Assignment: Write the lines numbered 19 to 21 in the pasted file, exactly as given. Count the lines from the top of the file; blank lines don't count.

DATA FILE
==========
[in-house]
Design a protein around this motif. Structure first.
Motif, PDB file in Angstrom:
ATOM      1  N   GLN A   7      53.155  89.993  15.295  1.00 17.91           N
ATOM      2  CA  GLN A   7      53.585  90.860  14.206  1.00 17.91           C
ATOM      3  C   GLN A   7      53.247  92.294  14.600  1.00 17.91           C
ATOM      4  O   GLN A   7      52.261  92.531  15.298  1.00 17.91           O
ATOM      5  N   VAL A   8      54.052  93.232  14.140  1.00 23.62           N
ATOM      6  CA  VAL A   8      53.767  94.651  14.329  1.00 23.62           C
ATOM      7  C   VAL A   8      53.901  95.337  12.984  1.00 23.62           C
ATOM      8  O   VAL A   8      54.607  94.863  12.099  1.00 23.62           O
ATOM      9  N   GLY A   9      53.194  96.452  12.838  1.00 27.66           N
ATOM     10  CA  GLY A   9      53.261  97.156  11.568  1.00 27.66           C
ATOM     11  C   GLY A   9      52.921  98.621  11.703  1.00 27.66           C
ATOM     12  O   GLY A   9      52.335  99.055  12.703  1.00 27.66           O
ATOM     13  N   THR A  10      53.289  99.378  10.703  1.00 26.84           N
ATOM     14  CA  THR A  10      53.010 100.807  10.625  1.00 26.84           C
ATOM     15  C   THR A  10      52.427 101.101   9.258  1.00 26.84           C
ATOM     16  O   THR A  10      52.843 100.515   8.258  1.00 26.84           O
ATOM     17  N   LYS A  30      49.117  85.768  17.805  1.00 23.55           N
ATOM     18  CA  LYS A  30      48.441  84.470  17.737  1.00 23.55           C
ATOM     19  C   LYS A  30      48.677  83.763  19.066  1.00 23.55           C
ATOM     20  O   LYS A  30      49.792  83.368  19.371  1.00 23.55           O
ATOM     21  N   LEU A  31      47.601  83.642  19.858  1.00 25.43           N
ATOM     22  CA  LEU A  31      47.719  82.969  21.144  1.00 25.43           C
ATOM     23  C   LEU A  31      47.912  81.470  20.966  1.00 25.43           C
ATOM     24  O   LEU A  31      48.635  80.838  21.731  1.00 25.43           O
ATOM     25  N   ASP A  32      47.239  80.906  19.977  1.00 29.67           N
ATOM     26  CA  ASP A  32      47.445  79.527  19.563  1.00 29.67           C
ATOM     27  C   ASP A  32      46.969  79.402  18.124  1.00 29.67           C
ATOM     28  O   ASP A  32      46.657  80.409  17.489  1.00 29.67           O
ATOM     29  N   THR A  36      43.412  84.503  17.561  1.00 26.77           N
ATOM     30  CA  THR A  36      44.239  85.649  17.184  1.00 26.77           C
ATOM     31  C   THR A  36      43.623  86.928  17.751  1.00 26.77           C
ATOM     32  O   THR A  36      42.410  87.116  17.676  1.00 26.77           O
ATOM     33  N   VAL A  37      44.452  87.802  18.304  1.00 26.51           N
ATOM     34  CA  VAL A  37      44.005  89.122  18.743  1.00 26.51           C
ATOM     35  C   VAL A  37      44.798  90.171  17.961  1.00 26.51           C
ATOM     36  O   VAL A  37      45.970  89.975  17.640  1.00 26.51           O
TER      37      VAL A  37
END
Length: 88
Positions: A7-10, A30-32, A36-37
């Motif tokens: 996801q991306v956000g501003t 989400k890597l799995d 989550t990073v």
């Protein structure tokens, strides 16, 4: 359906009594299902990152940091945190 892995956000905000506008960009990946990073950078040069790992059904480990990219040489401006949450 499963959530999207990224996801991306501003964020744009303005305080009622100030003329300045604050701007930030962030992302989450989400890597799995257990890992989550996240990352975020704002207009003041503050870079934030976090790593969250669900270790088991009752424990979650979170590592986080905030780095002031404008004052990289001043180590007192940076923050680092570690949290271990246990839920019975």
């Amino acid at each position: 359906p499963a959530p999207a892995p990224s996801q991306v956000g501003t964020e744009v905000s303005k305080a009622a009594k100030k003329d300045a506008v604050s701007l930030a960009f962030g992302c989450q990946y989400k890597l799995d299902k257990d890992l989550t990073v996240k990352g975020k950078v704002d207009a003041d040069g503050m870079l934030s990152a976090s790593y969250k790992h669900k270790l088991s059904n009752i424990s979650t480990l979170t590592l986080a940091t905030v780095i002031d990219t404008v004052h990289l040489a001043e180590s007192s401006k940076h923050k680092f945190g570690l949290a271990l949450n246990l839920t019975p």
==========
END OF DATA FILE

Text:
ATOM     16  O   THR A  10      52.843 100.515   8.258  1.00 26.84           O
ATOM     17  N   LYS A  30      49.117  85.768  17.805  1.00 23.55           N
ATOM     18  CA  LYS A  30      48.441  84.470  17.737  1.00 23.55           C